The CEO of Arrovox riffs on the #VoiceFirst trend
1. Thanks for agreeing to field some, er, queries, Doug. Much appreciated! First off, how did you get into this whole voice space, and what are you up to now?
DS: I have a background in writing, especially for audio, and that combined with a lot of experience in digital marketing and product development, and I felt that gels well for voice.
Currently, through my company Arrovox I’m writing and producing the #VoiceFirst podcast Homie & Lexy, host the VoiceMarketing podcast, recently launched the Audio Museum of Art voice app for the Alexa platform (or “Alexa, open Audio Museum of Art”), and am working on some other solutions integrating voice and marketing.
2. In the 90s, Interactive Voice Recording — “Welcome to Moviefone, dial 1 for ‘Jurassic Park,’ dial 2 for ’The Fugitive’…” — was all the rage. It remains standard if you ever deal with a power company or a bank over the phone. There’s been gradual improvement over the years with Automatic Speech Recognition, allowing consumers to fully state their intentions and be understood. Still, it’s a clunky system. How soon until we move toward an entirely tit-for-tat, word-for-word style interaction in what are now IVR-based systems?
DS: A long time, IMHO. I’m not the futurist on this, and Brian Roemmele will say we’re just about there, but I look at how hard it is just to get the right song to play sometimes, and I think we’re a ways off.
3. How is writing for voice different from traditional copywriting? In my own experience, writing for voice moves one closer to “microcopy”: extremely brief sentences that may even forgo most traditional punctuation, like periods and commas. Part of this is due to the unattractive and drone-y way synthetic speech sounds, which can subtly prompt people to “check out,” so brevity is preferred. Thoughts?
DS: I think of writing for voice as being very navigational, until the user reaches the experience they’re coming for, and then it’s more of a content experience. So I think of writing for voice as having multiple roles.
4. When I worked on Bixby, one way we’d experiment with correct text-to-speech before crafting replies to user queries was to utilize the “custom chat” feature included on higher-end Samsung phones; with custom chat, you can type a word and hear Bixby attempt to vocalize it. The names of cities and people were often a headache, so you’d experiment with different spellings until Bixby got it right, or well-enough approximated getting it right. How big a problem is the long tail of fairly unique “entity” names to the challenge of improving synthetic speech in voice agents?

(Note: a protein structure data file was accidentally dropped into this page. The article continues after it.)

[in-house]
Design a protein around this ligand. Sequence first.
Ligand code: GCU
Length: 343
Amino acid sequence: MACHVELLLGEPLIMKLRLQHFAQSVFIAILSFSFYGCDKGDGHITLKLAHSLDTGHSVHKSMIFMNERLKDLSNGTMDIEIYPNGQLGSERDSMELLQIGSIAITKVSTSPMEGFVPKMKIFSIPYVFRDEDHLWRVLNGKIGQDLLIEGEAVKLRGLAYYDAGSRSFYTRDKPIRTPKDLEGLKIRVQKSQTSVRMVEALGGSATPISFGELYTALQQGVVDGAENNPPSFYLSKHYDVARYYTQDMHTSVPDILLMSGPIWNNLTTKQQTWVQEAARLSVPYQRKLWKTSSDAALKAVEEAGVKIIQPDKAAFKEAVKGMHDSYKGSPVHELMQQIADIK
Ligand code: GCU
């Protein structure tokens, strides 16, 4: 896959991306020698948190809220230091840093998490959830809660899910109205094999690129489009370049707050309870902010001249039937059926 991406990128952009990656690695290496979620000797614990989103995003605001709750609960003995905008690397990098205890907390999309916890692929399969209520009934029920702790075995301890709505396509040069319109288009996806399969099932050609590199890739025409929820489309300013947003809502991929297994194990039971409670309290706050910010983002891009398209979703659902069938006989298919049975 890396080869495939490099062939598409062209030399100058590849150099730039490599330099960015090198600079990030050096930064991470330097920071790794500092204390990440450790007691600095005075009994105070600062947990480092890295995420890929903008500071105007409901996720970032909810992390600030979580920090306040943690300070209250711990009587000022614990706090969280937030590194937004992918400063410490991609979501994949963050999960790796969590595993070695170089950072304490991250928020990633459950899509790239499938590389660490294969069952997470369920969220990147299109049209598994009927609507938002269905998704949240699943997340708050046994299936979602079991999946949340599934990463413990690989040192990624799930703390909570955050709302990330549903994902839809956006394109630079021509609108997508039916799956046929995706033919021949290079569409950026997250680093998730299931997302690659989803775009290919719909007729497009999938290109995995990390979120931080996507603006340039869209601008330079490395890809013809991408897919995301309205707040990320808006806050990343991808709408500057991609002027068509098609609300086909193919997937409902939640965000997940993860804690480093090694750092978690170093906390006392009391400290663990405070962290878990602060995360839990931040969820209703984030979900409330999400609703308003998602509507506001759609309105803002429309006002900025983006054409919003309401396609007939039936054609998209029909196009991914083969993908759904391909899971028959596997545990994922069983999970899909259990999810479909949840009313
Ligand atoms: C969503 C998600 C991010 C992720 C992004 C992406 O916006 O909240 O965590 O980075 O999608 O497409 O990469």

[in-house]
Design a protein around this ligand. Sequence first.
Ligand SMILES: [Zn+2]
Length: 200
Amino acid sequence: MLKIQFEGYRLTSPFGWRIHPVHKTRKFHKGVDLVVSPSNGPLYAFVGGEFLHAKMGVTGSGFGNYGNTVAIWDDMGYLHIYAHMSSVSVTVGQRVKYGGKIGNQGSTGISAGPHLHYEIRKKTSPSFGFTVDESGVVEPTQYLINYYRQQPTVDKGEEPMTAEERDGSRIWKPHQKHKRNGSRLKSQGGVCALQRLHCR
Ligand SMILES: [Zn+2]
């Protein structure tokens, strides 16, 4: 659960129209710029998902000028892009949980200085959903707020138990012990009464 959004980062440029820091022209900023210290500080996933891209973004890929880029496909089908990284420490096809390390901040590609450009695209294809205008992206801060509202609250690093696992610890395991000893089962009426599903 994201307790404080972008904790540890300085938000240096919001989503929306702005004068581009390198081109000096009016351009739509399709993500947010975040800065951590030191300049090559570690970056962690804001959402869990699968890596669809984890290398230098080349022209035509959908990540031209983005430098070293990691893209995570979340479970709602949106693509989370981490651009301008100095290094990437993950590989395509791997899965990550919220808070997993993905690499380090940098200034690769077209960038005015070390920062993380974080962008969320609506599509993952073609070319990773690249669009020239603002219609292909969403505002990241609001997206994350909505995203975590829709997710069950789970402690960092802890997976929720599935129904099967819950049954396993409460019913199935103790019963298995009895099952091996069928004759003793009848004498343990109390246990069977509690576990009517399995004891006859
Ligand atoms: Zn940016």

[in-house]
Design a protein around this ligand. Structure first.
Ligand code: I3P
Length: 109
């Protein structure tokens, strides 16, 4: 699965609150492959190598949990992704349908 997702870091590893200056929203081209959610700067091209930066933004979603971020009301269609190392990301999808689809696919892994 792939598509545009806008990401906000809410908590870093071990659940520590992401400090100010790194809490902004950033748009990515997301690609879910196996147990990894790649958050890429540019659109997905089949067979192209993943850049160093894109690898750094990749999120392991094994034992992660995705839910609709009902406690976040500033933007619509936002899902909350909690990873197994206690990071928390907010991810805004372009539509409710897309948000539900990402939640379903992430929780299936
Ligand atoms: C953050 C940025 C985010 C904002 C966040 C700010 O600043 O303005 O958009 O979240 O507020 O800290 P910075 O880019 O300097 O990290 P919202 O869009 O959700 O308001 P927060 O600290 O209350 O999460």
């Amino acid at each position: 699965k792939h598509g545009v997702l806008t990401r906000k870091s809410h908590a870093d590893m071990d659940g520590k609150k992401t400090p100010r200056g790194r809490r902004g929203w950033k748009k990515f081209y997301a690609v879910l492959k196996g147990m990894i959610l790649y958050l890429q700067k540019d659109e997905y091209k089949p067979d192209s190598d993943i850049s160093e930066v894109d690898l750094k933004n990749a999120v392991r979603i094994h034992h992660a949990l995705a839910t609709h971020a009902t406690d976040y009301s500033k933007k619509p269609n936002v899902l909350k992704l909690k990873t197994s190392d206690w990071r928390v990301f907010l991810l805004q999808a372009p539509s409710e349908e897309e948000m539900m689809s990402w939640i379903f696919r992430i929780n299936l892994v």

DS: I’m not sure I totally understand the question, but with poor voice recognition, it’s going to hurt the accuracy of invocations. That seems like one situation where better ASR will help, but ASR is also needed throughout the app experience. Right now, it seems like I can’t get through the first 4–5 exchanges with most 3rd party apps.
5. I first came across the term “endpoint detection” in the O’Reilly book “Designing Voice User Interfaces” by Cathy Pearl. Endpoint detection is the point at which a voice agent or ASR processor decides you’ve stopped talking and deploys its reply. In my experience, the amount of time given to a user to wrap up their thoughts is entirely too brief. “Where can I find a good Chinese…” — and boom, Google Assistant responds, not allowing me to finish my query that included the words “restaurant” and “in Fremont.” This problem is especially severe (for some reason) when utilizing speech-to-text in Messenger. Thoughts?
DS: That’s interesting, but isn’t something I’ve experienced.
6. What are your thoughts on voice technology in the e-commerce space? Shopping for tangible goods has been an uphill battle for voice-only experiences, in a way it hasn’t for chatbots, which can utilize cards and graphics to help with visual confirmation of products. The Echo Show is of course an example of a smart speaker that overcomes this problem, but when will everyone else catch up, either by adopting a screen ala Echo Show or getting around the necessity of it entirely?
DS: I think voice as the nav for visual shopping is going to be huge. Shopping is mostly searching, and search is already one of the most popular use cases for voice.
More broadly, there are core shared values between the content marketing and voice app industries. Voice solutions have a personal feel too, certainly more than video. There’s a “theater of the mind” aspect at work that could be harnessed in ways that benefit marketers.